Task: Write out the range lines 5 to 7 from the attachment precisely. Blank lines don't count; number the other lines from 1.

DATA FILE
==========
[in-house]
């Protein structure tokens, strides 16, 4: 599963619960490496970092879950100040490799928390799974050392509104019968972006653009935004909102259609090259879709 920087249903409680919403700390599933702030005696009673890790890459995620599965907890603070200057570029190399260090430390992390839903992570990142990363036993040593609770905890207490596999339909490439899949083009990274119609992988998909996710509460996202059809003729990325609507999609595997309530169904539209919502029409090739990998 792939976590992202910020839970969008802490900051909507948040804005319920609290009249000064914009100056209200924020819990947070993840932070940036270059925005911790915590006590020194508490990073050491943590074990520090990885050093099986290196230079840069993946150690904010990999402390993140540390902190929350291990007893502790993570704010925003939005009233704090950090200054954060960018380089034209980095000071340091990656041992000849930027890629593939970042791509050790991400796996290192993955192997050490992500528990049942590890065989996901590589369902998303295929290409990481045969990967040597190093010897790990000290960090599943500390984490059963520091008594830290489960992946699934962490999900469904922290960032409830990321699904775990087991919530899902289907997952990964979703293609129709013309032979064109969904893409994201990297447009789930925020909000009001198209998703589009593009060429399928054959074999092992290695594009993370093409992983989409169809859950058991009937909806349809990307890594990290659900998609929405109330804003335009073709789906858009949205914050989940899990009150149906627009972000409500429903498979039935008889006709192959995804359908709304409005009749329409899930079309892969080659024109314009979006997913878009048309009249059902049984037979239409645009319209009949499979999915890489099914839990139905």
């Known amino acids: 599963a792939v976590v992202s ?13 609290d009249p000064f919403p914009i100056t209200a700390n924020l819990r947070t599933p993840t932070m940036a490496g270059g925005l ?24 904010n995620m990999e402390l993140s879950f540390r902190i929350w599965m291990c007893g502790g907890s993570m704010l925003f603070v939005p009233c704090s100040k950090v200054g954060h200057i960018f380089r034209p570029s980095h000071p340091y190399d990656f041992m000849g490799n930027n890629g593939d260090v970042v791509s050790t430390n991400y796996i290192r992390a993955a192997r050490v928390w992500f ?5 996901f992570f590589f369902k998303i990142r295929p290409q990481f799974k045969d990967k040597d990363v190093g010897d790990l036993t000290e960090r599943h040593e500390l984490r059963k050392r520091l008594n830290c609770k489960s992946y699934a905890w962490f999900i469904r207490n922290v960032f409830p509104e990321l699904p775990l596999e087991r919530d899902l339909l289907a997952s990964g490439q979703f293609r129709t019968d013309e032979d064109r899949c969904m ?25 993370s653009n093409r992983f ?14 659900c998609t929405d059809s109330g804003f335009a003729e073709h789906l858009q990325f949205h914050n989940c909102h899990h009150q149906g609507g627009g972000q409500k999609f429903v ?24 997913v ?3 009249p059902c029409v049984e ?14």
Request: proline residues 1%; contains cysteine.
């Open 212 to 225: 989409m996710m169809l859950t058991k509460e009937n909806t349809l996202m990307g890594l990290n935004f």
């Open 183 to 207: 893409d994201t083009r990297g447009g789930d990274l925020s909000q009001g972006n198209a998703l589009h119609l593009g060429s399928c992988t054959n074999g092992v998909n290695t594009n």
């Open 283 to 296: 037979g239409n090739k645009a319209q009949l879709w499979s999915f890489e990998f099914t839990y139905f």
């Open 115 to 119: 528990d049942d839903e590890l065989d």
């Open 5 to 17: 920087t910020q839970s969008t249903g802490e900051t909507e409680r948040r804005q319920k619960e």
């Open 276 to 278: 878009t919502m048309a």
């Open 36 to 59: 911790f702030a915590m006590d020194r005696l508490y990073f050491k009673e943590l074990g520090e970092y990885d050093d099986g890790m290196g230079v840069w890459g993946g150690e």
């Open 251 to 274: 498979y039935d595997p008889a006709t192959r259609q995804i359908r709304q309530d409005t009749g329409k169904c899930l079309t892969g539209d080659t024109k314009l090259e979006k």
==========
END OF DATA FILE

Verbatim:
């Open 212 to 225: 989409m996710m169809l859950t058991k509460e009937n909806t349809l996202m990307g890594l990290n935004f």
């Open 183 to 207: 893409d994201t083009r990297g447009g789930d990274l925020s909000q009001g972006n198209a998703l589009h119609l593009g060429s399928c992988t054959n074999g092992v998909n290695t594009n």
């Open 283 to 296: 037979g239409n090739k645009a319209q009949l879709w499979s999915f890489e990998f099914t839990y139905f």